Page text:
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Pitching Your High-Concept Book

What is a high-concept idea? Writers often confuse the meaning of this term. Simply put, it starts with a highly original “what-if” premise that you can use to pitch using a one-liner or two. A high-concept is often a fusion of plots or themes inspired by successful commercial or critically acclaimed books. Do you say it doesn’t sound original? Guess what, practically everything nowadays has been done to death. Creating a fusion of what has worked in the past will give your manuscript a better fighting chance. In a way, your high-concept idea is still original.

Marketing is the key. You have to convince the person you’re pitching that your idea has never been done before and that your work is worth giving a chance. If you are diligent enough to search, you’ll find a considerable number of literary agents looking for high-concept books. Should you find one, here are some useful reminders to sharpen your pitch.

Practice before the mirror, then pitch-practice to family and friends. Ask them to give you honest feedback. They may not be experts on the nature of the business, but given that everyone has a fascination for a good story, they can offer a critique about what works for them and what doesn’t.

Keep it short. Do not bore your audience. Keep it concise like a haiku with no unnecessary syllable. To do this, study carefully what pertinent information you need to include. Again, you need to pitch with at least one to three sentences. For example, if you are pitching a high-concept apocalyptic series of sci-fi novels inspired by Giovanni Bocaccio’s The Decameron, you can say, “The Decameron after a nuclear fallout.” Then talk about essential elements like plot, characters, etc.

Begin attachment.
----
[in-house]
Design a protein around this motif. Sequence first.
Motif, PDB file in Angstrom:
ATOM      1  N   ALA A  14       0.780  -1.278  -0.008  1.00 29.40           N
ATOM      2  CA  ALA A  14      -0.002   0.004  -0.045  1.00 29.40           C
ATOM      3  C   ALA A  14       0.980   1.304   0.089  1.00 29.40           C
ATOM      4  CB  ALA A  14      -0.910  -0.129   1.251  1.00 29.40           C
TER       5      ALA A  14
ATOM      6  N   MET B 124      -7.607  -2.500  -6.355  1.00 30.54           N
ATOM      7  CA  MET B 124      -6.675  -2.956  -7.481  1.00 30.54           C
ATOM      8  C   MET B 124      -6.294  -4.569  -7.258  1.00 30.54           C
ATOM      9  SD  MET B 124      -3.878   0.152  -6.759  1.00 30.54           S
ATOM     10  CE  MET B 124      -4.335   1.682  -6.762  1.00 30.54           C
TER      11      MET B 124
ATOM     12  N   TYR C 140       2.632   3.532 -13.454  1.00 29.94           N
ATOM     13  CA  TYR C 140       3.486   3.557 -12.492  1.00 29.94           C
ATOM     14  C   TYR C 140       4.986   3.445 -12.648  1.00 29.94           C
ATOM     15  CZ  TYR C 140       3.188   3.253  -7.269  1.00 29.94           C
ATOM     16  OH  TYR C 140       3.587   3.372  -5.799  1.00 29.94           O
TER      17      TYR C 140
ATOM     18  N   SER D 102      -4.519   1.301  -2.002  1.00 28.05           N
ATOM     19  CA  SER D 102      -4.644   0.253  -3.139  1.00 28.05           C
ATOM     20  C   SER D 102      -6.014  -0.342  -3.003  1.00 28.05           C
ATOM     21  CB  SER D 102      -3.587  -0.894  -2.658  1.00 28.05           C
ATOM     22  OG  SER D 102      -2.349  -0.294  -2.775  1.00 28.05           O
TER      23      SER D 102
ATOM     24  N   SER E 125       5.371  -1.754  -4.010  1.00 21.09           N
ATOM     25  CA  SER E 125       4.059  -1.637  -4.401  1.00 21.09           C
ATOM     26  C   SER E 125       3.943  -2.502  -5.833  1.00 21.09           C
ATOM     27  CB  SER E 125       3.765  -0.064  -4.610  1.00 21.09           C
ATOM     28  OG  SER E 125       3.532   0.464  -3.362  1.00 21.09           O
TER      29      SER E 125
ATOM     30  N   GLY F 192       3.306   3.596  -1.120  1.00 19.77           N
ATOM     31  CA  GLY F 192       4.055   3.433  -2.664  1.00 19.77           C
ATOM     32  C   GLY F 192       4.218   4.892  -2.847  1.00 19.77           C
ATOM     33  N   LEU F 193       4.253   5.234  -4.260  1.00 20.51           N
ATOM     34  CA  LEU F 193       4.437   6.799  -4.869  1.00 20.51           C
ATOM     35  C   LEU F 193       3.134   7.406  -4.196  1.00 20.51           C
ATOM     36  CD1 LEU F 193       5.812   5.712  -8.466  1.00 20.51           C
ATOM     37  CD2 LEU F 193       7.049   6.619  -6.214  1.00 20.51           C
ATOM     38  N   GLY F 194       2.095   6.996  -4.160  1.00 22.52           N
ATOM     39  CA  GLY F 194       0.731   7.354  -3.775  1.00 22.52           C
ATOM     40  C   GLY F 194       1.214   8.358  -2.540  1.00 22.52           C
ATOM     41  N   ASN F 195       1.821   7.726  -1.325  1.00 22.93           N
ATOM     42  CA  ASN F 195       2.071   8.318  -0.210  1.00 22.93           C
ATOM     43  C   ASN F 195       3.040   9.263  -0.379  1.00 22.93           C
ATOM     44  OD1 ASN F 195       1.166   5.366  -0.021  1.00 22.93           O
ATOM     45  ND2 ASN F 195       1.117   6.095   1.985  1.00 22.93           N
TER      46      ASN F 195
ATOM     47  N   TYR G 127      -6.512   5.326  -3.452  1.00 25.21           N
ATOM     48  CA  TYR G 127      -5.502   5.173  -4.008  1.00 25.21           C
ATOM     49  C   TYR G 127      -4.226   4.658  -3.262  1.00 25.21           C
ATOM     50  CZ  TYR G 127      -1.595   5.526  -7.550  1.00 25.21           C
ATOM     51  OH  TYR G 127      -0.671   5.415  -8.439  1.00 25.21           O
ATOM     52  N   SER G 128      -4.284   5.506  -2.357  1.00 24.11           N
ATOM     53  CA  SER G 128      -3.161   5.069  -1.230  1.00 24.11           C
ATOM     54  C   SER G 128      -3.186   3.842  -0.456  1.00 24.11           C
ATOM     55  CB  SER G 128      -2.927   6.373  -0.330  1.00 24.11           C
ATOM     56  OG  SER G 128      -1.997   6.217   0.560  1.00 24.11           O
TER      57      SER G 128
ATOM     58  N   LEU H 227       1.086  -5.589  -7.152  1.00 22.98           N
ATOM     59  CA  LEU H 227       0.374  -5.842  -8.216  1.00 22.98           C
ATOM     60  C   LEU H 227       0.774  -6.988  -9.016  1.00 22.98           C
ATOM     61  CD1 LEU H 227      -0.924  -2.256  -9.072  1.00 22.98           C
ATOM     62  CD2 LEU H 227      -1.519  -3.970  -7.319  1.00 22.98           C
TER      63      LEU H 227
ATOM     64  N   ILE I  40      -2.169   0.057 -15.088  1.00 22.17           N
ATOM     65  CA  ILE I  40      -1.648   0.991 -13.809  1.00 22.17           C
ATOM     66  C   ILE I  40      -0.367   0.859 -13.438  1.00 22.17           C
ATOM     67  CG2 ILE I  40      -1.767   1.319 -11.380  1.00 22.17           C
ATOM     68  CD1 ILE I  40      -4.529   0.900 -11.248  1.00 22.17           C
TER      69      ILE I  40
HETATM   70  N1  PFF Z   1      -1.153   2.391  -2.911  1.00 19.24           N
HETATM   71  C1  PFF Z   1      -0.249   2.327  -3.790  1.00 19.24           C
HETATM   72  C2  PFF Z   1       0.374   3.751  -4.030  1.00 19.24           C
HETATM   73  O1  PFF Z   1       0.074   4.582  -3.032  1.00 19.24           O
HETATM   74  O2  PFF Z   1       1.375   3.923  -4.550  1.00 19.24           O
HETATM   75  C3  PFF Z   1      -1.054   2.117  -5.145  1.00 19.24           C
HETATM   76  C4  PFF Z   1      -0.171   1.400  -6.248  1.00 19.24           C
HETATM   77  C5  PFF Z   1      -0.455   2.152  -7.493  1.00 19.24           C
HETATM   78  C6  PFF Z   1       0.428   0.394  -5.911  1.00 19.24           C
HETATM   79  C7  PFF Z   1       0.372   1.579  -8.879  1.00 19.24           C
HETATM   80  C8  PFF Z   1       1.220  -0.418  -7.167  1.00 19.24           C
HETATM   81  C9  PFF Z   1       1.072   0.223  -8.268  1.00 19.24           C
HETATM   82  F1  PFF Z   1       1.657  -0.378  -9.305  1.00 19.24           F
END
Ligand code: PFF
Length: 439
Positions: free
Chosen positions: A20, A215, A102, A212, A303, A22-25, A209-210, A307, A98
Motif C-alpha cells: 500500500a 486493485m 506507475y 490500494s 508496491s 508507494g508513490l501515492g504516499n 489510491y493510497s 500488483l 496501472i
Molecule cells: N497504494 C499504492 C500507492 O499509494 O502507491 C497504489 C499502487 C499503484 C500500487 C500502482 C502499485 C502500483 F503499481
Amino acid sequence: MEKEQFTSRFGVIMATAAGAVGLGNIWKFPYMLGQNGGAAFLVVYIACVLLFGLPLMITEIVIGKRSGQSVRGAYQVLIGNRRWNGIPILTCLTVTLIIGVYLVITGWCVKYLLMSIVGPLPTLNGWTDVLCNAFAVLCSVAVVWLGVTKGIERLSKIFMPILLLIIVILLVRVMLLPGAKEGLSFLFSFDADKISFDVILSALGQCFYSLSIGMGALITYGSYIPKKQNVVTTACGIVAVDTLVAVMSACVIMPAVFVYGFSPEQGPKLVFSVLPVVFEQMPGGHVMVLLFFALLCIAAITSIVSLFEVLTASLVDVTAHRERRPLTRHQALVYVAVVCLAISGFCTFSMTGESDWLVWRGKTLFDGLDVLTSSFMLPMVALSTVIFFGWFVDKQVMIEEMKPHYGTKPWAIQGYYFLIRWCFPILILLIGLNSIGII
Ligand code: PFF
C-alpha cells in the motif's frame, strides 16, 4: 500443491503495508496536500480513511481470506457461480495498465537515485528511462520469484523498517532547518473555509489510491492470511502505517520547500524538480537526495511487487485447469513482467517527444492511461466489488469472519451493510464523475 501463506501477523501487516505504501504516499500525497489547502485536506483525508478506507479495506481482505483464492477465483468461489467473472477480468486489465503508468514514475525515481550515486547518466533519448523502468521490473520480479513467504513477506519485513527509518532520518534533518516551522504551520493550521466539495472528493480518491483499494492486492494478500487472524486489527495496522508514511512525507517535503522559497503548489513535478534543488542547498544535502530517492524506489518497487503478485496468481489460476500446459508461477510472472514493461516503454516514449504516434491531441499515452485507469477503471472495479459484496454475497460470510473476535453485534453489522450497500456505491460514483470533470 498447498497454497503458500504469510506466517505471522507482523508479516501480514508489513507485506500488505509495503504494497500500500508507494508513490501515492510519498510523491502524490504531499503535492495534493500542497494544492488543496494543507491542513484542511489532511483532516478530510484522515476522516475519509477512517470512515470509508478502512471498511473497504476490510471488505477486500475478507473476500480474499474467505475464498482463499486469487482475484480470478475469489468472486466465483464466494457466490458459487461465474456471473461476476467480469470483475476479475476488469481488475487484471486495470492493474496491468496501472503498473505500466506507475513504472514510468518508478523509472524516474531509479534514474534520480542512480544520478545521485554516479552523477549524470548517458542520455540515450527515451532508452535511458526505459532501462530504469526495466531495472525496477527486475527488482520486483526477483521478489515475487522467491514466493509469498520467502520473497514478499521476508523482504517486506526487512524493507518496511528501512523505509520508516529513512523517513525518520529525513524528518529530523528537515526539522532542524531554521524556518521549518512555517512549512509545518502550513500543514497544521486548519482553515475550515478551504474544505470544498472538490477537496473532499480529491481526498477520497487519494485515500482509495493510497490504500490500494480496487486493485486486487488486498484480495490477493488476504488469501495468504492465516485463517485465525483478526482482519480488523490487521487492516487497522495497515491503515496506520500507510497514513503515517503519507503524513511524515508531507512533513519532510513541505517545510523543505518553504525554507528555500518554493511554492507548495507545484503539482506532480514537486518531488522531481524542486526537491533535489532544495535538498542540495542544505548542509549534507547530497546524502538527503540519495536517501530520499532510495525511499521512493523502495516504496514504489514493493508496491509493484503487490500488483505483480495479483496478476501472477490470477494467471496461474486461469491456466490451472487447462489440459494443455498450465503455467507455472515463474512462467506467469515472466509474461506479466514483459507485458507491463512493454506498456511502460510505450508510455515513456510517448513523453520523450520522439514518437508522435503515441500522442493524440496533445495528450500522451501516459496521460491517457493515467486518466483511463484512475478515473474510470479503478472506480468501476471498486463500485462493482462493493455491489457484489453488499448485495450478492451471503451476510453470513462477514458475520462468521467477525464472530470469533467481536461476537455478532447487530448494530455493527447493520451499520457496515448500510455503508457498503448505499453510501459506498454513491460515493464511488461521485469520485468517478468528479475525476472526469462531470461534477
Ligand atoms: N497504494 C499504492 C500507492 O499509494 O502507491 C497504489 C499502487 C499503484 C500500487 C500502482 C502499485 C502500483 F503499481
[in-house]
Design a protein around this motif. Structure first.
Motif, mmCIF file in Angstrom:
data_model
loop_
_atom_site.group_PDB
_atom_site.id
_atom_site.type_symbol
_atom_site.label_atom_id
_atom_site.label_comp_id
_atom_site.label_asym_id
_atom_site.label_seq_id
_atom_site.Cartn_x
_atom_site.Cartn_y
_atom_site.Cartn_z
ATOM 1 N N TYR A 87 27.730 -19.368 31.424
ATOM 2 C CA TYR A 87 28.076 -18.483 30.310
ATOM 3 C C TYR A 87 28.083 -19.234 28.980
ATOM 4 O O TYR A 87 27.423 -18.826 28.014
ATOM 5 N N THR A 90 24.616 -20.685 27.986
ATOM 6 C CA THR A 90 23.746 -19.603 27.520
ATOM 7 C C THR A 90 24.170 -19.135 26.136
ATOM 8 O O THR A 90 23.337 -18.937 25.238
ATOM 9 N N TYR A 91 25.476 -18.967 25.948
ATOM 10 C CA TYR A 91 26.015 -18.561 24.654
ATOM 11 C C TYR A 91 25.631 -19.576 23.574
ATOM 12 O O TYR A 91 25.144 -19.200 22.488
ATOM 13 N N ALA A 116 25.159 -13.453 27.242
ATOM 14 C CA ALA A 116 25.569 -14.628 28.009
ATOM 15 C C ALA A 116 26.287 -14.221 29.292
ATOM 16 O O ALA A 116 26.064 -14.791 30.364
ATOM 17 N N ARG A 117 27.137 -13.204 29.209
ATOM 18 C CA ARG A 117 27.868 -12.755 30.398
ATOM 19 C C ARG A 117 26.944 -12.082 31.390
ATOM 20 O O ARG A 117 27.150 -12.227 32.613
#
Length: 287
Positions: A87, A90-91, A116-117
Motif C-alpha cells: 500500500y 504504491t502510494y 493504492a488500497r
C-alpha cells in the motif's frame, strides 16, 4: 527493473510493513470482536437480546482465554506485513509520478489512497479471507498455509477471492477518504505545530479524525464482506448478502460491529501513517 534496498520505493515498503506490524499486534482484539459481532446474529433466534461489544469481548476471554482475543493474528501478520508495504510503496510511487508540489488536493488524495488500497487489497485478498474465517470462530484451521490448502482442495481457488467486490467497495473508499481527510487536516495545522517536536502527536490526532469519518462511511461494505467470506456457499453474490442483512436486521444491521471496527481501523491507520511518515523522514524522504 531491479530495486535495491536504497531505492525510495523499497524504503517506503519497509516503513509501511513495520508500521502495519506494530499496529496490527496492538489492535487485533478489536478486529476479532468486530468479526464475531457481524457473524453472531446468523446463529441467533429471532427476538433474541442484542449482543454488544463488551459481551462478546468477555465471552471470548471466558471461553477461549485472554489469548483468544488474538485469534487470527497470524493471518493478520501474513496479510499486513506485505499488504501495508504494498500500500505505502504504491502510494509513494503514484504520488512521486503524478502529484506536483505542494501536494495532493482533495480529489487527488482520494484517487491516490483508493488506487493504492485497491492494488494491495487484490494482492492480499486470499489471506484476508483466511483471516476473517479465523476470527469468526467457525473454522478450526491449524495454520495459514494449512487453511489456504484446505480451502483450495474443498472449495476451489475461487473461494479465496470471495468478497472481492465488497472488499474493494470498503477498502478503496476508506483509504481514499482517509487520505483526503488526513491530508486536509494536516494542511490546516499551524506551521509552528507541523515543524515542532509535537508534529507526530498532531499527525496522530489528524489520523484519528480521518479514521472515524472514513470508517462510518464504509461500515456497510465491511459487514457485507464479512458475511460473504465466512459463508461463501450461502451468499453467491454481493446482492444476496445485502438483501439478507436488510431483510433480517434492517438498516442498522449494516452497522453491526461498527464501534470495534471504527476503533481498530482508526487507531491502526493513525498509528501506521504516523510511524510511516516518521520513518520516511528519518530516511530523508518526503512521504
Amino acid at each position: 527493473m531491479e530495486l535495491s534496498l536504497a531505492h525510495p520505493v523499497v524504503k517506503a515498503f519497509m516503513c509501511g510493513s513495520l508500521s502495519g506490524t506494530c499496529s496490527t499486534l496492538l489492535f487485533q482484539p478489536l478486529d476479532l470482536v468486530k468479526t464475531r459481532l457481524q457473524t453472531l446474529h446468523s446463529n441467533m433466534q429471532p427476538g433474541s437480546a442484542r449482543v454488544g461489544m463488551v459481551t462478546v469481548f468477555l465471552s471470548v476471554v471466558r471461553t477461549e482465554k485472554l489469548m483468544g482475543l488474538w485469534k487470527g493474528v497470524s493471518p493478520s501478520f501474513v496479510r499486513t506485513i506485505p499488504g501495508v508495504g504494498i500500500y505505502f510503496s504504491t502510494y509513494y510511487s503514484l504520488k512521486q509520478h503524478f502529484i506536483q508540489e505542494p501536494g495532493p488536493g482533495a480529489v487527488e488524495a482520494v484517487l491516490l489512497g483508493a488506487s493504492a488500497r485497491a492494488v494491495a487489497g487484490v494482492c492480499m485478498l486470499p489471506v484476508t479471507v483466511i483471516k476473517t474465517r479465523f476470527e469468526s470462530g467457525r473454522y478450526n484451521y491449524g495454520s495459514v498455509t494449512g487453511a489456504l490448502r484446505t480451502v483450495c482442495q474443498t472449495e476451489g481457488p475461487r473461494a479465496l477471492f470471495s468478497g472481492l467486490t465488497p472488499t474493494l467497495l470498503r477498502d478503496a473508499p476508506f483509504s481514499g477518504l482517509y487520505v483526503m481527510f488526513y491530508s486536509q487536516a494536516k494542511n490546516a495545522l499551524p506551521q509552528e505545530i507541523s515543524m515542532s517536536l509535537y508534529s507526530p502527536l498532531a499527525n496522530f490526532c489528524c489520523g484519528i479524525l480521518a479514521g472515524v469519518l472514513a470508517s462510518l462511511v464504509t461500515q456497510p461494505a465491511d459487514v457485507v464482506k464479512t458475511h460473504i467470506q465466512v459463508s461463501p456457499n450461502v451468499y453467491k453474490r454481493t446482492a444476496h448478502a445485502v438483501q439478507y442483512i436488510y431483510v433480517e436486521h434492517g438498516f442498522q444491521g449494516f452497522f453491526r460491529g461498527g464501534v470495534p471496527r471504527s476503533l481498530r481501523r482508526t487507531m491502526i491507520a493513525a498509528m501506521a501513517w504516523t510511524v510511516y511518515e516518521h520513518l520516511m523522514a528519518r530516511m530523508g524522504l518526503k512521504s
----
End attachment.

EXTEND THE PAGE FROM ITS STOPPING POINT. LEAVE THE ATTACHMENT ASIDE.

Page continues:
Of course, when you talk about the important elements, it also requires you to go straight to the point. No need to explain the subplots. The main plot will often do the trick: A group of seven young women and three young men flee from mutant-infested Florence to a deserted villa in the countryside of Fiesole for two weeks, and they swap stories to kill time.

This statement covers the essential elements. We get the setting of Florence and Fiesole. We get a glimpse of how many characters are involved. We get an idea of why they had to flee (mutants). Finally, we get a sense of the “what if” (Italy becomes infested with dangerous mutants). The sentence packs enough information without drowning the audience with details.

Remember: When pitching, telling what your story is about is different from an actual telling of the story. Do not begin your pitch with, “My story is set in the town of Fiesole, Italy in the year 2040. Nuclear fallout has caused mutations among remaining human survivors. This mutation caused them to suffer from disfigurement, abnormal strength, and appetite for human flesh.” Do this, and you will either bore your audience, or they will kindly admonish you to get straight to the point--not a healthy way to pitch a high-concept idea.


Written by Readers’ Favorite Reviewer Vincent Dublado